COVID, climate and the power of denial

NEW YORK — The 2020 election is over. And the big winners were the coronavirus and, quite possibly, catastrophic climate change.

OK, democracy also won, at least for now. By defeating President Donald Trump, Joe Biden pulled us back from the brink of authoritarian rule.

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But Trump paid less of a penalty than expected for his deadly failure to deal with COVID-19, and few down-ballot Republicans seem to have paid any penalty at all. As a headline in The Washington Post put it, “With pandemic raging, Republicans say election results validate their approach.”

And their approach, in case you missed it, has been denial and a refusal to take even the most basic, low-cost precautions — such as requiring that people wear masks in public.

Deaths from COVID-19 tend to run about three weeks behind new cases; given the exponential growth in cases since the early fall, which hasn’t slowed at all, this means we could be looking at a daily death toll in the thousands by the end of the year. And remember, many of those who survive COVID-19 nonetheless suffer permanent health damage.

To be fair, the vaccine news has been very good, and it looks likely that we’ll finally bring the pandemic under control sometime next year. But we could suffer hundreds of thousands of American deaths, many of them avoidable, before the vaccine is widely distributed.

Awful as the pandemic outlook is, however, what worries me more is what our failed response says about prospects for dealing with a much bigger issue, one that poses an existential threat to civilization: climate change.

As many people have noted, climate change is an inherently difficult problem to tackle — not economically, but politically.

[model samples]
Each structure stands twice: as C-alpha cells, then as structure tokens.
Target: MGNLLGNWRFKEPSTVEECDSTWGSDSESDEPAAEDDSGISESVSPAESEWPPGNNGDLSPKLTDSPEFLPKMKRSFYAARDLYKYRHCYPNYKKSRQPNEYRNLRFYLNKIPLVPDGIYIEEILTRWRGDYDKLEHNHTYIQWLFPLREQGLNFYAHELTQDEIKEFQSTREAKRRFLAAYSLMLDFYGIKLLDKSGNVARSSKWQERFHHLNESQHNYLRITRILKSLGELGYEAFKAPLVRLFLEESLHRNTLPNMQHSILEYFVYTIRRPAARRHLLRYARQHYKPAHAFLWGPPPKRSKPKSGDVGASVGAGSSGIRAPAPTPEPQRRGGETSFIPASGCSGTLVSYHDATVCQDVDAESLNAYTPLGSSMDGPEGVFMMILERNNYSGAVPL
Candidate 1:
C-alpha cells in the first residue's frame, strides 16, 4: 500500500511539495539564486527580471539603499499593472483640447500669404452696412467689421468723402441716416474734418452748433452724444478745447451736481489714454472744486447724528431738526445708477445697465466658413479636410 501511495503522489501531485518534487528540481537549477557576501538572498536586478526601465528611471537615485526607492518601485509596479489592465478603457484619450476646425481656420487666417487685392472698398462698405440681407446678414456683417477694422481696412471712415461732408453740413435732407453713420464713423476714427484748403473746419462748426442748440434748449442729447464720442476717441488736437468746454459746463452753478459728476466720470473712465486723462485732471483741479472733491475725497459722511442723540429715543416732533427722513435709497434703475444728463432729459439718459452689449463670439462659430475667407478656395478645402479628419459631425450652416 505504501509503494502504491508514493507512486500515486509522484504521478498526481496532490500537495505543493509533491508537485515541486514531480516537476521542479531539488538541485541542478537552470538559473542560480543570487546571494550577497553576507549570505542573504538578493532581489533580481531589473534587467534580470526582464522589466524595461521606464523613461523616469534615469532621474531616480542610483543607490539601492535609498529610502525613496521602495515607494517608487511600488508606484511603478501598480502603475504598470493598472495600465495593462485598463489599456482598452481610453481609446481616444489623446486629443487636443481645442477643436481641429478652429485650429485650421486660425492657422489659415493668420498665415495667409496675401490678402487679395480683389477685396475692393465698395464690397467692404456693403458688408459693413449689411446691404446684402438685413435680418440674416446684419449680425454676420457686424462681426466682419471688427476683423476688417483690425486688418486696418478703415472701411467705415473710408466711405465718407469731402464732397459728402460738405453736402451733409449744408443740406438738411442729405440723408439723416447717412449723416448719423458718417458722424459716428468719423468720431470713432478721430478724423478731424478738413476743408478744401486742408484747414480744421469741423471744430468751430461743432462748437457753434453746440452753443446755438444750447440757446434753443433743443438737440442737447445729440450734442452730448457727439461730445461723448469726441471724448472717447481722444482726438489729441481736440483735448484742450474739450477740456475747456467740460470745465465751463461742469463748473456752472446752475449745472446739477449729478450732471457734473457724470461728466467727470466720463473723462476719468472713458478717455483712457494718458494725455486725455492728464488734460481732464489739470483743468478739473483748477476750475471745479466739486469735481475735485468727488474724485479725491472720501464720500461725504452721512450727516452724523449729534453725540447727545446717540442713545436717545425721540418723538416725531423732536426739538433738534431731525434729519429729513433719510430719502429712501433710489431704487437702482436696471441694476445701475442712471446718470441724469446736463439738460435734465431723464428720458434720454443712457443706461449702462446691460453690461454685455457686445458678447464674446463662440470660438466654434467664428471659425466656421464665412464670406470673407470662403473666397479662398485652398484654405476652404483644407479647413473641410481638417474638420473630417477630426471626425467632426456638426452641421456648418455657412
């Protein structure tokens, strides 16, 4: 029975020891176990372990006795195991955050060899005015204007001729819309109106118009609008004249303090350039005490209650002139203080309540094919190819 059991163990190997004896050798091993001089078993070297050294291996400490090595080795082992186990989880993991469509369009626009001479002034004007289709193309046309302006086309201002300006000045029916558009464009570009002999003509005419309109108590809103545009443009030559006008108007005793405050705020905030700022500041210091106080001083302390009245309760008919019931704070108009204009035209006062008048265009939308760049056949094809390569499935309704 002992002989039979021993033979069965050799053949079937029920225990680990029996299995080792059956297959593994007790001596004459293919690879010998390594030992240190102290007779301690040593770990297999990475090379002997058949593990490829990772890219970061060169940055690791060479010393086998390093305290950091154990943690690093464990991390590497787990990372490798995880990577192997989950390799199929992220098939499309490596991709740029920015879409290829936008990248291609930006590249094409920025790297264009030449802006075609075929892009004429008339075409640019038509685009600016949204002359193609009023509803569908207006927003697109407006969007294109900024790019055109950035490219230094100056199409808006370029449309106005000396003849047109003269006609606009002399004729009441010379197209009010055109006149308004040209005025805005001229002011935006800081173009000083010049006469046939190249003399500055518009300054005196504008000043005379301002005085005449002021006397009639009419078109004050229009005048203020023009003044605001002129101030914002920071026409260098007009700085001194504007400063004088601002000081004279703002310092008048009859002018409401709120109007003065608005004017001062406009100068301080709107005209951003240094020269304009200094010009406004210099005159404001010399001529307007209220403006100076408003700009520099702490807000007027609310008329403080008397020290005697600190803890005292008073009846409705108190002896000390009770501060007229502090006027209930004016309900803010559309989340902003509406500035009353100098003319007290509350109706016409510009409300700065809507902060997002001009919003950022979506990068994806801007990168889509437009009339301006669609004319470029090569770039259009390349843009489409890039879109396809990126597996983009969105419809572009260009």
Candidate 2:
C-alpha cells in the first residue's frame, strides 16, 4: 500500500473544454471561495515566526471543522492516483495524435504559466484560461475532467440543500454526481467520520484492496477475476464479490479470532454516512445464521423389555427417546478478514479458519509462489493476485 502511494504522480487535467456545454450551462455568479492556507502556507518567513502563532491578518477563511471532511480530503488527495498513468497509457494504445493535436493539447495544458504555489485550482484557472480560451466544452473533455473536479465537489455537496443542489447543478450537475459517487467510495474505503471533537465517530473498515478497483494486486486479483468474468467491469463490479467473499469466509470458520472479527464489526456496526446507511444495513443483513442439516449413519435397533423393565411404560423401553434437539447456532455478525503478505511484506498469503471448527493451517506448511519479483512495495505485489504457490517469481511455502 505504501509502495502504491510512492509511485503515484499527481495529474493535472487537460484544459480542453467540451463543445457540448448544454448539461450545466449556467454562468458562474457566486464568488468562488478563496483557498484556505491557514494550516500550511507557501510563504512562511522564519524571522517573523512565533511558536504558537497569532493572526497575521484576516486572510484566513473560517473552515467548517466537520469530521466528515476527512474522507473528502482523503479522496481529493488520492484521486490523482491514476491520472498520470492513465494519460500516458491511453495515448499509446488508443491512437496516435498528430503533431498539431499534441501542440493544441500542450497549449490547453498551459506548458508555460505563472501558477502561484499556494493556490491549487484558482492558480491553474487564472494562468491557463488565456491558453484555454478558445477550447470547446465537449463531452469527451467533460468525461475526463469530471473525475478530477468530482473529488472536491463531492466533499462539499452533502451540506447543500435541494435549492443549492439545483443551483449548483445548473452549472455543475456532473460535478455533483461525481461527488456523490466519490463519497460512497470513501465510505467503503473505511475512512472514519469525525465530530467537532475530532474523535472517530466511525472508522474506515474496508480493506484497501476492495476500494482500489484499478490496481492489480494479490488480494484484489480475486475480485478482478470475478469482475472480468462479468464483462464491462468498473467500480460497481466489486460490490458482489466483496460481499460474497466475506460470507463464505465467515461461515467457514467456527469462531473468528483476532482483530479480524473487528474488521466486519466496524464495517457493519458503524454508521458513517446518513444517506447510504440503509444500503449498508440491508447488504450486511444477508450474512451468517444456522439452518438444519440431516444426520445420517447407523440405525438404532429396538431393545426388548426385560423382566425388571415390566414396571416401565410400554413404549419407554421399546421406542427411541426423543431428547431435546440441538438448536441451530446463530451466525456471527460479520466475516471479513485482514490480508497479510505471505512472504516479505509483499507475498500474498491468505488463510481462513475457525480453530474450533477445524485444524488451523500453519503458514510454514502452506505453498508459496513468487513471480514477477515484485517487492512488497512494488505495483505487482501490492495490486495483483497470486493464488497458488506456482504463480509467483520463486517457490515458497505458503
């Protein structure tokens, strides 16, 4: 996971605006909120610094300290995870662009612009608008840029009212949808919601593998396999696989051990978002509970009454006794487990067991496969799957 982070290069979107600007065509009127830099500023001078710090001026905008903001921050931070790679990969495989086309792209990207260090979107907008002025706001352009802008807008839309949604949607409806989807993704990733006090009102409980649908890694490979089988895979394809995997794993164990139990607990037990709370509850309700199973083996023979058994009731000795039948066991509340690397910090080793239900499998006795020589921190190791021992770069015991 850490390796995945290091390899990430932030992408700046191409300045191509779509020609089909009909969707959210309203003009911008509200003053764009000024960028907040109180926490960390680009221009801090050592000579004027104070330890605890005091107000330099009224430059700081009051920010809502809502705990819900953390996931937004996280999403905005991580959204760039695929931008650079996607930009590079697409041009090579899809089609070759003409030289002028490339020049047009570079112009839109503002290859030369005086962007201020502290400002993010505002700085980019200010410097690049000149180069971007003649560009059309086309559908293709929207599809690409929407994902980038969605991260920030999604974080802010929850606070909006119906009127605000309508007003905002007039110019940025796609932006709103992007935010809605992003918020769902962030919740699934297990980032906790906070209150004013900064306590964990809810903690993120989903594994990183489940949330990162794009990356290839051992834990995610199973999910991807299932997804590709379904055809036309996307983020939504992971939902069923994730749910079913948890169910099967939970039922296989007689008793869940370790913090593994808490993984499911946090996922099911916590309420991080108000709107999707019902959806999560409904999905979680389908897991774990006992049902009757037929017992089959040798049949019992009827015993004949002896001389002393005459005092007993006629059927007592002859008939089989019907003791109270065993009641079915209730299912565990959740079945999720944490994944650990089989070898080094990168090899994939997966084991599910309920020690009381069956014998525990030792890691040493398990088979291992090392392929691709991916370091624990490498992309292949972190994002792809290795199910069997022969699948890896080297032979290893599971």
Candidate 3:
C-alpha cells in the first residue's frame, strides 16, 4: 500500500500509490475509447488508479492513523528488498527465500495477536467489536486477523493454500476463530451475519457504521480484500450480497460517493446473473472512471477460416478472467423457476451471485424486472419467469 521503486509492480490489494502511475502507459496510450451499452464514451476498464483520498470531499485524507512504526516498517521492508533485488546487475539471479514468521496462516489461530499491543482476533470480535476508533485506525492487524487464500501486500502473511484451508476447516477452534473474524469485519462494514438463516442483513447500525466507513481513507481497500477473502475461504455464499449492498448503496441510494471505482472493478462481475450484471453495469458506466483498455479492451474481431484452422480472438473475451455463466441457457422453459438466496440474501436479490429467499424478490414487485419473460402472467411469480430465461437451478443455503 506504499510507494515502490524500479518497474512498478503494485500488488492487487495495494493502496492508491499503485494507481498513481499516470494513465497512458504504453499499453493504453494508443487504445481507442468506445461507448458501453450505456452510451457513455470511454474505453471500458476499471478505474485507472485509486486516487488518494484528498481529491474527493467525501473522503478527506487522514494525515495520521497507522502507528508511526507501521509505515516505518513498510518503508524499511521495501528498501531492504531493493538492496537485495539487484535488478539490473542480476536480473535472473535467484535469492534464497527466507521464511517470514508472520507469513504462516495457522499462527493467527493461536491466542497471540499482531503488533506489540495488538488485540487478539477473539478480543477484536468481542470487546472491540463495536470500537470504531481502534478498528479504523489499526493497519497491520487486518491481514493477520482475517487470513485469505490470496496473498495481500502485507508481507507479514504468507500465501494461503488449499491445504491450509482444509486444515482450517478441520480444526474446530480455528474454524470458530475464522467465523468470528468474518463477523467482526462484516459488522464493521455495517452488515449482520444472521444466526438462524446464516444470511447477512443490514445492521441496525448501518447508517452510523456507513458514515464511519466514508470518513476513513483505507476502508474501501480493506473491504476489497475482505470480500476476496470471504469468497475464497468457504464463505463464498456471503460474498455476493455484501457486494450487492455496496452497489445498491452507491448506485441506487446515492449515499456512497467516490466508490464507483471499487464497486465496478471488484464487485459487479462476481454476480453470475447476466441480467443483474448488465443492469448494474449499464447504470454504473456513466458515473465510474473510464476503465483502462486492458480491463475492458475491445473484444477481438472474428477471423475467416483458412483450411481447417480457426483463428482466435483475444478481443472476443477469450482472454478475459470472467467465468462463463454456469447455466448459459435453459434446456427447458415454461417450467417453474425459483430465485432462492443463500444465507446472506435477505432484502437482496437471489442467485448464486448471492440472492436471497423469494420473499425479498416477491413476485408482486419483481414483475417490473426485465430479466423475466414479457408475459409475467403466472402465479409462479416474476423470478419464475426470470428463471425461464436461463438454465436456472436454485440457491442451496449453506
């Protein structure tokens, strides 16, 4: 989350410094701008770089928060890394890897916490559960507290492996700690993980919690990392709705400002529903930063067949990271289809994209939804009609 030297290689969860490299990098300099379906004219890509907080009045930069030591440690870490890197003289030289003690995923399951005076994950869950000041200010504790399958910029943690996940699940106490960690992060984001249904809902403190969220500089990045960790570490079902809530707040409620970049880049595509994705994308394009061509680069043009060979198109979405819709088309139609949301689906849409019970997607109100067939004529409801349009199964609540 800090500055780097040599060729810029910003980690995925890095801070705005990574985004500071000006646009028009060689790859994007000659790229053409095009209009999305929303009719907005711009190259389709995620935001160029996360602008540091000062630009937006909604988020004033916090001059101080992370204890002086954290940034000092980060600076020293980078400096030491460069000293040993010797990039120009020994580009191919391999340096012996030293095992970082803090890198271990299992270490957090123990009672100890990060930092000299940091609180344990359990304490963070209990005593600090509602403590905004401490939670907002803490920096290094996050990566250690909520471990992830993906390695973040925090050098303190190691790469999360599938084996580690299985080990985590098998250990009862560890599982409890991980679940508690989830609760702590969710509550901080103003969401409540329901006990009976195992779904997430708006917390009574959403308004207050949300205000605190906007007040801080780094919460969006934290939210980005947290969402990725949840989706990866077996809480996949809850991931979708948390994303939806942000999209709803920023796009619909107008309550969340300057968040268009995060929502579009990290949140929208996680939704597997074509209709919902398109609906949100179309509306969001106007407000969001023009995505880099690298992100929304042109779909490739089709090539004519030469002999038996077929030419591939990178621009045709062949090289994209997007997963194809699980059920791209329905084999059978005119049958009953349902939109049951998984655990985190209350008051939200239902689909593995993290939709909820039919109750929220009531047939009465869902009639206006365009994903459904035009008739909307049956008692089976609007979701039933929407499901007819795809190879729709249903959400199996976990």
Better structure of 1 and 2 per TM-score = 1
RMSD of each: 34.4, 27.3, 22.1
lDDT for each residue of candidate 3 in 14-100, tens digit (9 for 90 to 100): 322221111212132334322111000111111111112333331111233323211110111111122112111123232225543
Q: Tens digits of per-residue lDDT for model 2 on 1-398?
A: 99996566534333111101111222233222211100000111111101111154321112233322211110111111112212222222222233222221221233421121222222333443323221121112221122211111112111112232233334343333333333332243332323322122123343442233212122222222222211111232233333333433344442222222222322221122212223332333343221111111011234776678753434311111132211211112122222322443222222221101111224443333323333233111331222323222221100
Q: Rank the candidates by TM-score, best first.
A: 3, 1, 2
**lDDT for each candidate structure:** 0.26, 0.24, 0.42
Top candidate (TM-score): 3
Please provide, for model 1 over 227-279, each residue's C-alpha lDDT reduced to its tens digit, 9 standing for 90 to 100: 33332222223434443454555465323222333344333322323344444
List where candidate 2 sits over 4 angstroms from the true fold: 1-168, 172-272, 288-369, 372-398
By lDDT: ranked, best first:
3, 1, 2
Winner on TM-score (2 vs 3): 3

Right-wingers always claim that taking climate seriously would doom the economy, but the truth is that at this point the economics of climate action look remarkably benign. Spectacular progress in renewable energy technology makes it fairly easy to see how the economy can wean itself from fossil fuels. A recent analysis by the International Monetary Fund suggests a “green infrastructure push” would, if anything, lead to faster economic growth during the next few decades.

But climate action remains very difficult politically given (a) the power of special interests and (b) the indirect link between costs and benefits.

The consequences of irresponsible behavior during a pandemic are vastly more obvious and immediate than the costs of climate inaction. Furthermore, it’s a lot easier to discredit COVID deniers than it is to discredit climate-change deniers: All you have to do is point out the many, many times these deniers falsely asserted the disease was about to go away.

So getting people to act responsibly on the coronavirus should be much easier than getting action on climate change. Yet what we see instead is widespread refusal to acknowledge the risks, accusations that cheap, common-sense rules such as wearing masks constitute “tyranny,” and violent threats against public officials.

So what do you think will happen when the Biden administration tries to make climate a priority?

The one mitigating factor about the politics of climate policy I can see is that unlike fighting a pandemic, which is mainly about telling people what they can’t do, it should be possible to frame at least some climate action as carrots rather than sticks: investing in a green future and creating new jobs in the process, rather than simply requiring that people accept new limits and pay higher prices.

Obviously we need to keep trying to head off a climate apocalypse — and no, that’s not hyperbole.

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But even though the 2020 election wasn’t about climate, it was to some degree about the pandemic — and the results make it hard to be optimistic about the future.

Paul Krugman is a syndicated columnist who writes for the New York Times News Service.

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